4 Ways You Can Help Your Parent Cope With Grief

It is never easy to lose a loved one, and even harder to console your parent when their spouse has just passed away. Most people in this struggle have a difficult time comforting their surviving parent when they are dealing with their own loss. However, it may help to know that everyone experiences grief differently. You should never assume you know how your parent feels, because losing a spouse is different than losing a parent. Here are a few ways that you can help your parent through their grief counseling, while being as attentive and understanding as possible.

1. Attend to Physical Needs

Grief can be a physically exhausting process. In fact, going through the grieving or mourning process can even make someone ill. Often the person grieving will be so racked with emotions that they are unable to provide for their own physical needs, especially eating. One excellent way to help your parent and potentially work through some of your own grief is to make sure your parent is consuming regular, nourishing meals with nutritious snacks interspersed between. It is normal to not have much appetite while grieving, so it may be helpful to suggest four or five small meals as opposed to three big ones.

2. Listen and Encourage

One of the best things you can do to help your parent get through their grief is to simply listen as they talk about their lost loved one, and encourage them to talk more about it. After a person passes away, it is important to talk about the person and your feelings associated with their passing. The grieving process may take a year or longer, so it is important you make yourself available to talk. Additionally, signing your parent up for counseling gives them a safe environment to express themselves in ways they may not feel comfortable talking with their child.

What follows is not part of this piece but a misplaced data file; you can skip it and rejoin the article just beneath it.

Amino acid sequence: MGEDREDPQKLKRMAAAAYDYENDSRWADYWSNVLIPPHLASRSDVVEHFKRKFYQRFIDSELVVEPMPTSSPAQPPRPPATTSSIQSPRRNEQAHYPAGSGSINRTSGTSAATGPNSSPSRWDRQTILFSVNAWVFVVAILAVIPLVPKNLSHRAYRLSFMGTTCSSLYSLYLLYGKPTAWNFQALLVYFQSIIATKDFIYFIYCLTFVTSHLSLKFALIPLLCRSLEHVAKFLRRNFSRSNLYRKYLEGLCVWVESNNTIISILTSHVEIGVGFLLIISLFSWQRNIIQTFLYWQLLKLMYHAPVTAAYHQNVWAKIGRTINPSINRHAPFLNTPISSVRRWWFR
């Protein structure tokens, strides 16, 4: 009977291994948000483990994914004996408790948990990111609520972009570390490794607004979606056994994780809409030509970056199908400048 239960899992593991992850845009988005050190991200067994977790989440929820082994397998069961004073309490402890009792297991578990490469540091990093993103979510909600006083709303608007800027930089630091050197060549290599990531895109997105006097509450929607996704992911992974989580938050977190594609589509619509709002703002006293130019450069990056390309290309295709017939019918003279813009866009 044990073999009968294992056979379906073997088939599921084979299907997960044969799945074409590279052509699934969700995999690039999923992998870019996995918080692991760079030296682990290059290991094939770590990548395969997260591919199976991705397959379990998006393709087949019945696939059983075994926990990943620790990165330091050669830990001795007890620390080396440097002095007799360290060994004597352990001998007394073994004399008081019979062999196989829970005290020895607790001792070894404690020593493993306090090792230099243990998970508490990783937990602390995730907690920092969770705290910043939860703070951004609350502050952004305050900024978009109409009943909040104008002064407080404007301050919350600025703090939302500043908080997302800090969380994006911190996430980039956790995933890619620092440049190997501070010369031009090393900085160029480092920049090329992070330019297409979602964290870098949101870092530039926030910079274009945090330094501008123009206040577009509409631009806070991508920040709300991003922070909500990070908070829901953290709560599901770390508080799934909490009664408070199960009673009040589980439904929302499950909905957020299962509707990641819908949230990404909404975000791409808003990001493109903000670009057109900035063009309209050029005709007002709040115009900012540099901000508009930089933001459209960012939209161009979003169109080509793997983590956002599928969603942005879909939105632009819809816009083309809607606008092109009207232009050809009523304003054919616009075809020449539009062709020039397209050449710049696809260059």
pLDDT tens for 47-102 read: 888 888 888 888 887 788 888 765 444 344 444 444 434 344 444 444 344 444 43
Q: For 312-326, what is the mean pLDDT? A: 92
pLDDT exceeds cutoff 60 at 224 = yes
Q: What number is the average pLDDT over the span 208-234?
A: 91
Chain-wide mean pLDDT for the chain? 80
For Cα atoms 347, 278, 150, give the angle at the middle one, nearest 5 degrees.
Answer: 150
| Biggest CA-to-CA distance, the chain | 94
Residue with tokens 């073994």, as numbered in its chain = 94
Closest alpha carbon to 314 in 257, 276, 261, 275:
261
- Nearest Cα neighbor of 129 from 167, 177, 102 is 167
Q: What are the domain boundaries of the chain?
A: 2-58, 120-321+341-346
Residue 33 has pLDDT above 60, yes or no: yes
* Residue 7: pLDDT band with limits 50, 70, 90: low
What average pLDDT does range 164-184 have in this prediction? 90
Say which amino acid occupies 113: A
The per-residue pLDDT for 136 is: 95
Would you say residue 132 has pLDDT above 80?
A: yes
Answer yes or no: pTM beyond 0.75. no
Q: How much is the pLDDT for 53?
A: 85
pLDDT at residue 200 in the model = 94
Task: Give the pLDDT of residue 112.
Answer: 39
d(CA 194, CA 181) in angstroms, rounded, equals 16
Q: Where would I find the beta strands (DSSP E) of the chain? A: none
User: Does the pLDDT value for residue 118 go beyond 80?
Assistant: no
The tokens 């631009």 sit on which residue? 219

3. Get Them The Care They Need

After a bereavement, often little attention is paid to the medical and emotional needs of the survivors. Even when free grief counseling sessions are offered, many families do not participate in them, for a host of reasons. However, grieving, when not expressed properly, can cause deeper underlying emotional problems later in life. Make sure that your parent is getting some professional help with their grief, even if they are not sure they want to.

4. Remember Important Dates and Anniversaries

Even years after your parent has passed away, it may be a good idea to call and check on your surviving parent on those important dates, holidays, and anniversaries that they shared with the deceased. Often the anniversary of these dates will be an emotionally trying time for your parent, so calling to check in on these days, and patiently listening to any feelings they have about their spouse, will go a long way to helping with their grief.

Death Dying